The downward pressure on bond yields was driven by the record level of foreign flows into South African bonds. This was in line with global flows into emerging market bonds in the search for yield, while SA bonds were further aided by their inclusion in the Citigroup World Government Bond Index. Foreign ownership of bonds has grown from 10% in 2007 to a current estimated level of 40%. Given this high level of ownership, it is questionable whether foreign flows can continue to underpin the bull market in bonds going forward, or whether deteriorating fundamentals will begin to push yields higher.
The chart below shows how the average emerging market bond yield (measured on the right axis) has fallen by nearly 2.0% since the beginning of 2012, while the developed market average yield (left axis) was relatively flat over the course of the year.
With both international and South African bonds at record low yield levels, the return potential of this asset class going forward is poor. The chart below shows the yield of the five-year SA bond versus the one-year Jibar rate (a money market proxy).
At the beginning of 2012, investing in the five-year area provided a yield pickup of 1.3% above money market rates. This positive yield spread, combined with a cut in interest rates at the July 2012 MPC meeting, enabled bonds to outperform the money market handsomely over the course of the year. The yield spread has since fallen to below 0.3%, which significantly reduces the potential for bond outperformance over the coming year. Unless one sees the potential for further rate cuts going forward, this meagre yield pickup is not sufficient compensation for the interest rate risk assumed.
While there is a small chance of a further interest rate cut, we do not believe this is likely, given the poor inflation outlook. The level of real interest rates (nominal interest rates minus inflation) in South Africa is well below our emerging market peers, making it difficult for the MPC to justify further rate cuts. We believe there are currently better return opportunities in other asset classes, without the need to take on significant interest rate risk by investing in the bond market.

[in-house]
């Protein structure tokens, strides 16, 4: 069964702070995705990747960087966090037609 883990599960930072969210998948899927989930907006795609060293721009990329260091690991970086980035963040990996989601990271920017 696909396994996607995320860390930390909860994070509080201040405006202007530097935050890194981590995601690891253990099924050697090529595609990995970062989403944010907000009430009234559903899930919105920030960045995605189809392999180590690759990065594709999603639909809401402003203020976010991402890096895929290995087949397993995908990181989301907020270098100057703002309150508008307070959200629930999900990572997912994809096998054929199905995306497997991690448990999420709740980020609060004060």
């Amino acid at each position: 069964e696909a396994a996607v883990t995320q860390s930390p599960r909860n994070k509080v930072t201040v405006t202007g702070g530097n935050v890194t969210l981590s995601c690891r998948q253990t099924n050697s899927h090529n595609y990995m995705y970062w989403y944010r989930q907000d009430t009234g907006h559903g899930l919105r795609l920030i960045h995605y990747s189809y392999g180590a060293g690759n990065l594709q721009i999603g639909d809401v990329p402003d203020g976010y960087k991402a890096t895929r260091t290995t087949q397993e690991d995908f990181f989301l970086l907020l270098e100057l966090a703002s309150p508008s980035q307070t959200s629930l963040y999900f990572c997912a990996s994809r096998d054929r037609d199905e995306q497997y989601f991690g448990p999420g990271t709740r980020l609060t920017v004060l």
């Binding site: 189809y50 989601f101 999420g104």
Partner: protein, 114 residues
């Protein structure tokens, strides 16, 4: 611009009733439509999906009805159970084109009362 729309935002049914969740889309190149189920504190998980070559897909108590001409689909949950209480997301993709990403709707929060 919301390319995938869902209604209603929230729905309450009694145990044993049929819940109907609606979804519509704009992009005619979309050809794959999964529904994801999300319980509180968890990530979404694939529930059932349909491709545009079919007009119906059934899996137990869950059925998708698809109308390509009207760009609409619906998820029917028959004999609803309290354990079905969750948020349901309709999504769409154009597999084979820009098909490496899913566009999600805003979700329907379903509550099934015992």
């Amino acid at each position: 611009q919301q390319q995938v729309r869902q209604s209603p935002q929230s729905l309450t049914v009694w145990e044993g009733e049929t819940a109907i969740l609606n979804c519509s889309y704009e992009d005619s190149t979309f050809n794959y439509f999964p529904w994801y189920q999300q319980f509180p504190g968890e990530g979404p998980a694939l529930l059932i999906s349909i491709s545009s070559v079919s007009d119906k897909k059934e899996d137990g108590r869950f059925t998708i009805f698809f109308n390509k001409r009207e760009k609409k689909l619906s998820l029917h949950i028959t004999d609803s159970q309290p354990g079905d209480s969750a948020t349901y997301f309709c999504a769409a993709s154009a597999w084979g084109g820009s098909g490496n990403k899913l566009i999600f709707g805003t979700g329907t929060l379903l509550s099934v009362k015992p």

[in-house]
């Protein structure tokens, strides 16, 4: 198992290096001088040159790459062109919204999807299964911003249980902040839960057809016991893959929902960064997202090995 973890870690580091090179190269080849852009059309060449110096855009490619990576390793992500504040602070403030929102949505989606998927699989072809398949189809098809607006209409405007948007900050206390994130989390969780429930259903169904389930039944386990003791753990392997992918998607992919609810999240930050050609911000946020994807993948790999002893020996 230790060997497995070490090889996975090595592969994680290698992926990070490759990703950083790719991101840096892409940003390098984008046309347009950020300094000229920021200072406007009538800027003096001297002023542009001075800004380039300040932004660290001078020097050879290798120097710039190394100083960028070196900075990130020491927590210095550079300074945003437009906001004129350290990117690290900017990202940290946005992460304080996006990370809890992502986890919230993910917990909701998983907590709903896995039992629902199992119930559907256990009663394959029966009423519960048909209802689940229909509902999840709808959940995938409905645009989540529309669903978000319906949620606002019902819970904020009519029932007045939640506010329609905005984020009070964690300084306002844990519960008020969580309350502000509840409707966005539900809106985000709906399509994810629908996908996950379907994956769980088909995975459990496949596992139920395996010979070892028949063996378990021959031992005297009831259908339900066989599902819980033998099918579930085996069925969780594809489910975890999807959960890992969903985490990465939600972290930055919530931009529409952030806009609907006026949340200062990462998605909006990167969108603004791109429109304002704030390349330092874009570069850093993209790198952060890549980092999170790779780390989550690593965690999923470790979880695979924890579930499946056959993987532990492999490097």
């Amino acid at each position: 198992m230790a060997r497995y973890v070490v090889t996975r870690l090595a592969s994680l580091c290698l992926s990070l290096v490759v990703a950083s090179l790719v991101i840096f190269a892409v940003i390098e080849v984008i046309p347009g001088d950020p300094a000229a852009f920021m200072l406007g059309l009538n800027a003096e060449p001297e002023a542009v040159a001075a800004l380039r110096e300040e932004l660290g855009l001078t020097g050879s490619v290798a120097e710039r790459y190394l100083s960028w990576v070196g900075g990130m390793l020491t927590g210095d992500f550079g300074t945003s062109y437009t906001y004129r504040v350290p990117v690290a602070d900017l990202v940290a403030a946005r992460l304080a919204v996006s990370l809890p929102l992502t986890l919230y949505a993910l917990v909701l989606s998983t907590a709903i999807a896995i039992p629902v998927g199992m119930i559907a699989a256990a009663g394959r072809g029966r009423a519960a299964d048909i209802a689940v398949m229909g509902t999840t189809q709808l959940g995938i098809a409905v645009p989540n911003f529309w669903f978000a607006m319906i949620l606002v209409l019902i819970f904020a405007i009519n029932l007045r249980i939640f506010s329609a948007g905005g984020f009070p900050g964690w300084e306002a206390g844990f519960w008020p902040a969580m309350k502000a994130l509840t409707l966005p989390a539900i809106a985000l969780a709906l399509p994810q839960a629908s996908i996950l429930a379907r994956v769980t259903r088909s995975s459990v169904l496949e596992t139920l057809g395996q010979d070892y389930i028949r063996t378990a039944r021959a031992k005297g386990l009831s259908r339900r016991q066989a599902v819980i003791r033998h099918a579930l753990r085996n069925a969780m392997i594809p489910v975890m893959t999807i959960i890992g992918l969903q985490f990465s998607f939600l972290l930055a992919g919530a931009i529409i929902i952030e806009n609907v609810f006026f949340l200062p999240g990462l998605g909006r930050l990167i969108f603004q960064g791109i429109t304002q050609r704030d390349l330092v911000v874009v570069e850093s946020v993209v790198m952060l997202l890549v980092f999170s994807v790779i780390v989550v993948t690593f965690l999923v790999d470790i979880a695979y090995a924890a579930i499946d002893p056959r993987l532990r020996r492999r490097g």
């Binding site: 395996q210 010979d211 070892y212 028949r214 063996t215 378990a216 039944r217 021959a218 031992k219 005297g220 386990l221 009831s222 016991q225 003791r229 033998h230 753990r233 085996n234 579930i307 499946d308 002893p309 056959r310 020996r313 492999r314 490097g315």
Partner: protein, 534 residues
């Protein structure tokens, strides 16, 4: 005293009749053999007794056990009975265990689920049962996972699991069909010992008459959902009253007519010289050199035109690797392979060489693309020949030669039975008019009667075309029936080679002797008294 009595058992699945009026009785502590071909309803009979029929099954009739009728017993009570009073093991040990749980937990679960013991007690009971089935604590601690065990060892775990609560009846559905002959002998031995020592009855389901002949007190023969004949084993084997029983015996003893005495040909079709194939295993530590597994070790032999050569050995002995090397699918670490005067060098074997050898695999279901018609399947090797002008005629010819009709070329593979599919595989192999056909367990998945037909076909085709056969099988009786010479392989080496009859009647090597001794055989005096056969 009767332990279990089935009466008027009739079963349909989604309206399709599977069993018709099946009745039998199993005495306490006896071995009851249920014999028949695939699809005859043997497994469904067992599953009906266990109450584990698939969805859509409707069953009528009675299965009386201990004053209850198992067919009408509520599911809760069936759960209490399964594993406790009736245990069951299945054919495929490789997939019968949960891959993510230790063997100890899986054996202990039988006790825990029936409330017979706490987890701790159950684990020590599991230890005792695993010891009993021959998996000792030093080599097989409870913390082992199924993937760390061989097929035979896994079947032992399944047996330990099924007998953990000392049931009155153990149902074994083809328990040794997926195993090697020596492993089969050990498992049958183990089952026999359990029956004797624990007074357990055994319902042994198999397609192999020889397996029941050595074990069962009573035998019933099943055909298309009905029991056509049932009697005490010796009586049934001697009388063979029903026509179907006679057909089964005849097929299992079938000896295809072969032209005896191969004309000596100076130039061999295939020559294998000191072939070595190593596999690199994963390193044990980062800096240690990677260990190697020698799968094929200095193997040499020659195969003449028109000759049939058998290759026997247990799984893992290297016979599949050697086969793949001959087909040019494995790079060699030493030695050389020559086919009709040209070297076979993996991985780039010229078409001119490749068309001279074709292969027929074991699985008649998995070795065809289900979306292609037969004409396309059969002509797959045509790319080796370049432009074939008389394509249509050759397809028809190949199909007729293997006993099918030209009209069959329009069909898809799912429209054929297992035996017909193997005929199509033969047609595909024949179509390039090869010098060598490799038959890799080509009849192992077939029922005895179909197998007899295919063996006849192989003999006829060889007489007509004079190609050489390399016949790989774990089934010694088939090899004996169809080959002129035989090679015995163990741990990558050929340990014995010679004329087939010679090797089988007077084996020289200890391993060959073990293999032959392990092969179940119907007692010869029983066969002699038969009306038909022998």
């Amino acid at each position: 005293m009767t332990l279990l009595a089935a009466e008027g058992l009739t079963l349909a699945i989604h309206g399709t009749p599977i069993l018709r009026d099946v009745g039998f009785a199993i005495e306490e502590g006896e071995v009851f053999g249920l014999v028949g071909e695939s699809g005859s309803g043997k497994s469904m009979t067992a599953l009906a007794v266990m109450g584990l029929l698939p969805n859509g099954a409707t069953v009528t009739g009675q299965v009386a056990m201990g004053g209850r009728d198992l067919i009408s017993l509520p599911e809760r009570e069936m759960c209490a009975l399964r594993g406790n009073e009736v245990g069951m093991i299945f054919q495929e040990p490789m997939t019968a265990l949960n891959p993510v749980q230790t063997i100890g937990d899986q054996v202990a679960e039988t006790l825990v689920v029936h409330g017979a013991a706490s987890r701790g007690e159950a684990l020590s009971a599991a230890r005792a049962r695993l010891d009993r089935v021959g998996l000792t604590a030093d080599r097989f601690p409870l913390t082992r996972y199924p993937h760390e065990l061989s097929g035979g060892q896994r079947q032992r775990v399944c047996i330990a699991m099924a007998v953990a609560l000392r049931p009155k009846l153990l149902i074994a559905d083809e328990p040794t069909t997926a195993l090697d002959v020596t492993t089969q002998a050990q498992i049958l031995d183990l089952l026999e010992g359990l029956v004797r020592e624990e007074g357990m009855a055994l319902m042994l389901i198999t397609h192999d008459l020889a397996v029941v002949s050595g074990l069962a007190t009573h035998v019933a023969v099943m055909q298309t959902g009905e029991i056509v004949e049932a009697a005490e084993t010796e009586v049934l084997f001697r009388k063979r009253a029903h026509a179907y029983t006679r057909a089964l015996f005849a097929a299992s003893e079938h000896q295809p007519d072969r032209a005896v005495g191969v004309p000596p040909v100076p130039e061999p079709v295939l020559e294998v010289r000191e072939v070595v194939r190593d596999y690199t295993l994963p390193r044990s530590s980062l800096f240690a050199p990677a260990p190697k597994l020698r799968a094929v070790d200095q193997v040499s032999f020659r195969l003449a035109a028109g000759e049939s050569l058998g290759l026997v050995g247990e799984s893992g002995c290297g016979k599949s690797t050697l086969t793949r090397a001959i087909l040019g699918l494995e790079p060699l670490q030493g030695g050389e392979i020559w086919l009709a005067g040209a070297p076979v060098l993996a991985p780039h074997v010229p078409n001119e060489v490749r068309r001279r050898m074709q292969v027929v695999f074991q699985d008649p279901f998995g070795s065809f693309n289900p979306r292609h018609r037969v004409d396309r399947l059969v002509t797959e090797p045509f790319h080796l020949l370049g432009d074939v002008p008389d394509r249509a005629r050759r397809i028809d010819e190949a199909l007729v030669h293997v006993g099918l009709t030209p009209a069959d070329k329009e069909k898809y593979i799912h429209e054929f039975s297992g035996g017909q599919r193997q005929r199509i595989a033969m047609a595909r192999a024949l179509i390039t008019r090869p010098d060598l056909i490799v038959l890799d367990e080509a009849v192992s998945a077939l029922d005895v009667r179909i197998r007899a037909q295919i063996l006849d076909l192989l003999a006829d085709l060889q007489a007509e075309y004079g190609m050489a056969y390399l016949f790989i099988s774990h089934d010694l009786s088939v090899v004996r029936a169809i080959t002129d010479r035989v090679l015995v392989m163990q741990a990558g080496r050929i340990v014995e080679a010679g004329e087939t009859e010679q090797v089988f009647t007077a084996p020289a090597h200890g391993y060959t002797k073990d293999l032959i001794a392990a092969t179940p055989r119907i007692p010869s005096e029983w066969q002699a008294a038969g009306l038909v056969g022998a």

The mandate of the Nedgroup Investments Flexible Income Fund enables us to take advantage of return opportunities across the fixed income spectrum. The current yield on some of the income alternatives are as follows:
The yield comparison shows that bonds provide little yield enhancement at their current levels and it is our view that other fixed income asset classes present better value from a risk return perspective.
We currently have significant holdings in yield enhanced money market assets and inflation-linked money market assets. We have also taken advantage of opportunities in the credit space, specifically by increasing our exposure to bank bonds with yields of 7.3% to 7.5%. We hold a range of preference shares, primarily exposed to the big four SA banks with yields close to 6% (post-tax). In the alternative asset space, we have also taken on a small exposure to convertible bonds, which have attractive yields plus upside potential.
With nominal bond yields currently at historically low levels against a deteriorating fundamental outlook, we have decided to minimise our exposure to bonds until there is significantly greater value.